All other parks and gardens, including the flower-filled street gardens along the main roads, will have reduced watering, and staff are checking public taps and showers to ensure they are spring-loaded.
The council is also considering closing off some public taps and showers.
"These measures will affect residents, visitors and organisations such as sporting groups who enjoy our parks, gardens and public amenities," the council said in a statement.
"However, the measures are a response to the severe threat to water supplies in our region."
UOW works towards 'self-sufficient' water use
UOW works towards 'self-sufficient' water use
Like the Illawarra's councils, the University of Wollongong has custody of many lawns, gardens and sportsfields, all of which require water to survive.
With Level 2 water restrictions starting this week, the university has adjusted a number of its operations, with most lawns not being watered and gardens being allowed to remain under stress.
Water features across the campus have also been switched off and landscaped water features that normally rely on top-ups from drinking water are not being topped up.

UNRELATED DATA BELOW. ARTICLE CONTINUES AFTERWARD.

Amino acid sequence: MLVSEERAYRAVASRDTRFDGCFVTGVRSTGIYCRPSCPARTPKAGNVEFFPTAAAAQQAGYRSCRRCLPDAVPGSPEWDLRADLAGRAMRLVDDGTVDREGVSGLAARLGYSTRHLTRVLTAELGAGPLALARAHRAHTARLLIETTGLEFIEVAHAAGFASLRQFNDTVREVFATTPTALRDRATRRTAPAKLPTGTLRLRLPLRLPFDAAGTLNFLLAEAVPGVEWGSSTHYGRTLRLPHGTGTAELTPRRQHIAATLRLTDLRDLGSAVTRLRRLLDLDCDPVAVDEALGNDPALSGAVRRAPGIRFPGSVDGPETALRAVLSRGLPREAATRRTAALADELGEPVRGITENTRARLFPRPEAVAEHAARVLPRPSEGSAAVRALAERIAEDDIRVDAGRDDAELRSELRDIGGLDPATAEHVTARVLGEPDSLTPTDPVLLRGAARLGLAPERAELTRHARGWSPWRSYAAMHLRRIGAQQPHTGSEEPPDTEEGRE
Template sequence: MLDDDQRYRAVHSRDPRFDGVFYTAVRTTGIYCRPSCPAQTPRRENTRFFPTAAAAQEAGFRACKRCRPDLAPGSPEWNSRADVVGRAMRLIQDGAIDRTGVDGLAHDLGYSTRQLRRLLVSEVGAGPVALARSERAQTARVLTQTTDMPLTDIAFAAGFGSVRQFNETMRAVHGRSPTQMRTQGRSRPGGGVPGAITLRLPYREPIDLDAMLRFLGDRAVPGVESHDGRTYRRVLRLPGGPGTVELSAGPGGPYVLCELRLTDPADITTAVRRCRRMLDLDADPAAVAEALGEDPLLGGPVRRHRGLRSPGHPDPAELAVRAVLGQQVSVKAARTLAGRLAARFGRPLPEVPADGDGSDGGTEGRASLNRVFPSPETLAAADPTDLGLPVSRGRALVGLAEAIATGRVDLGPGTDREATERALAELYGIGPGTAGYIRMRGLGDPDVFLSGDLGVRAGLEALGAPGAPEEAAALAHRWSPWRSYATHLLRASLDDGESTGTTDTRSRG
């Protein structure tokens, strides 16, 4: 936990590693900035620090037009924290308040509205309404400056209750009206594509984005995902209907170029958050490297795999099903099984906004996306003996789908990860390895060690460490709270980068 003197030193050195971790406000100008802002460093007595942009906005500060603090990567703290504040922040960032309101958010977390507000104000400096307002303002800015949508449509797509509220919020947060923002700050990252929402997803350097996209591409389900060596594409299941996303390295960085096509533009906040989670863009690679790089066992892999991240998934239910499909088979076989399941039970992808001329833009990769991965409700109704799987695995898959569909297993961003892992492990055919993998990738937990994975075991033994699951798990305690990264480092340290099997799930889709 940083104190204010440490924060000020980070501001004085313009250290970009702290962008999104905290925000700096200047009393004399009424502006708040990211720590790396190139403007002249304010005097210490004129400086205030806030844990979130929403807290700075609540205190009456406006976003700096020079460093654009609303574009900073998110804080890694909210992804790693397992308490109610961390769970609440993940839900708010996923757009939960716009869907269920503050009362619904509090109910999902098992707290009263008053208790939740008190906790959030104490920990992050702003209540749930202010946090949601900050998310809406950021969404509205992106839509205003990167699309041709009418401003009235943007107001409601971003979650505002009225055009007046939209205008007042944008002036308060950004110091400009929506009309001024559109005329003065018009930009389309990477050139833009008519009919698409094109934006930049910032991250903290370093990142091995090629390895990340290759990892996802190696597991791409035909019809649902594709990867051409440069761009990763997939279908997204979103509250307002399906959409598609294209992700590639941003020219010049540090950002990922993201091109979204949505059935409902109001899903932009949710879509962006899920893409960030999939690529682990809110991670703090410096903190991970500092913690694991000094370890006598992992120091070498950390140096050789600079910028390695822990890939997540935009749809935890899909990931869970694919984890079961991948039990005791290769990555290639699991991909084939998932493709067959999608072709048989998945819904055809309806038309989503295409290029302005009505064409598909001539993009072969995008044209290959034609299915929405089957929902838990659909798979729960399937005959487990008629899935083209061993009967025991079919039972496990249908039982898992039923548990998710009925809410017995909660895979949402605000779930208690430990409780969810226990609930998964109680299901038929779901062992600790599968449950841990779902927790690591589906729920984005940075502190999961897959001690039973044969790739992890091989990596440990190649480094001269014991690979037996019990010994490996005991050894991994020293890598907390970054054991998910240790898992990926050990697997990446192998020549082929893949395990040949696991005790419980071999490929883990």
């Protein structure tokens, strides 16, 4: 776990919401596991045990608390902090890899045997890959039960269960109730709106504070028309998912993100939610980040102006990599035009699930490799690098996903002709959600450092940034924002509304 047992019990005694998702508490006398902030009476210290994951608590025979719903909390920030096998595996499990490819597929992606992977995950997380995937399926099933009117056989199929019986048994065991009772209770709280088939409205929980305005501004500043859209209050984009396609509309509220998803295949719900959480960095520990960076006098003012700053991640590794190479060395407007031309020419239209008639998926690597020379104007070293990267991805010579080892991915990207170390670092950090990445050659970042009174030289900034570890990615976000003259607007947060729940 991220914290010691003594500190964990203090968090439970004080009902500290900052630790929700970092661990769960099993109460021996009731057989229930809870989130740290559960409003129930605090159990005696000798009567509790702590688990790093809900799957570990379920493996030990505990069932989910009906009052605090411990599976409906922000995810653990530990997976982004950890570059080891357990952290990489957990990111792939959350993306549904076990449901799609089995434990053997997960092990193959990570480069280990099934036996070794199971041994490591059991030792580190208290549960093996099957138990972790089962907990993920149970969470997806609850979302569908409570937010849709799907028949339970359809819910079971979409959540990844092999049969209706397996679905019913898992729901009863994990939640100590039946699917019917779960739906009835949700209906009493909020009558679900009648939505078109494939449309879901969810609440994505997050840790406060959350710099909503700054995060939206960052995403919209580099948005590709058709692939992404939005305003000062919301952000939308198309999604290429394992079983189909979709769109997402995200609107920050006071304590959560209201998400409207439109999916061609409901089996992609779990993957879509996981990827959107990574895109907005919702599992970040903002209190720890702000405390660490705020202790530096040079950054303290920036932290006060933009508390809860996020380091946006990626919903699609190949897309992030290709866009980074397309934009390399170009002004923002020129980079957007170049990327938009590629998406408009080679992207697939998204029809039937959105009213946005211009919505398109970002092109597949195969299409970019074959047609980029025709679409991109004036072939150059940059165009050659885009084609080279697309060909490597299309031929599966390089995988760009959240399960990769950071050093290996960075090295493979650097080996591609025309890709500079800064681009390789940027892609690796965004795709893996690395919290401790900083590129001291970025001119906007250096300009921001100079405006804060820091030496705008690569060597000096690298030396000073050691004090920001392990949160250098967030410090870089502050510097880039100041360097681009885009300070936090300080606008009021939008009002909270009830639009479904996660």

"For some time, the University of Wollongong has been pursuing a range of water consumption reduction and reuse initiatives as it works towards being self-sufficient in water usage," a UOW spokesman said.
"As the Wollongong Campus is located over a natural riparian corridor, some of its water features are filled by natural water courses. These are unaffected by water restrictions.
"Lawns identified as priority lawns, such as those used as outdoor event venues, are fitted with smart watering systems that have been configured to comply with level two water restrictions."
The university's sporting fields are also equipped with smart watering systems, the spokesman said, and are connected to a 600kL rainwater storage and drainage recovery system.
"Exemptions are being sought for the plant nursery and for sporting field maintenance, particularly for the cricket oval to enable proper preparation and maintenance of the wicket during the cricket season," he said.
"Consideration is also being given to applying for an exemption to enable continued operation of the water feature that forms part of the early childhood development experiences in the Early Start Discovery Space."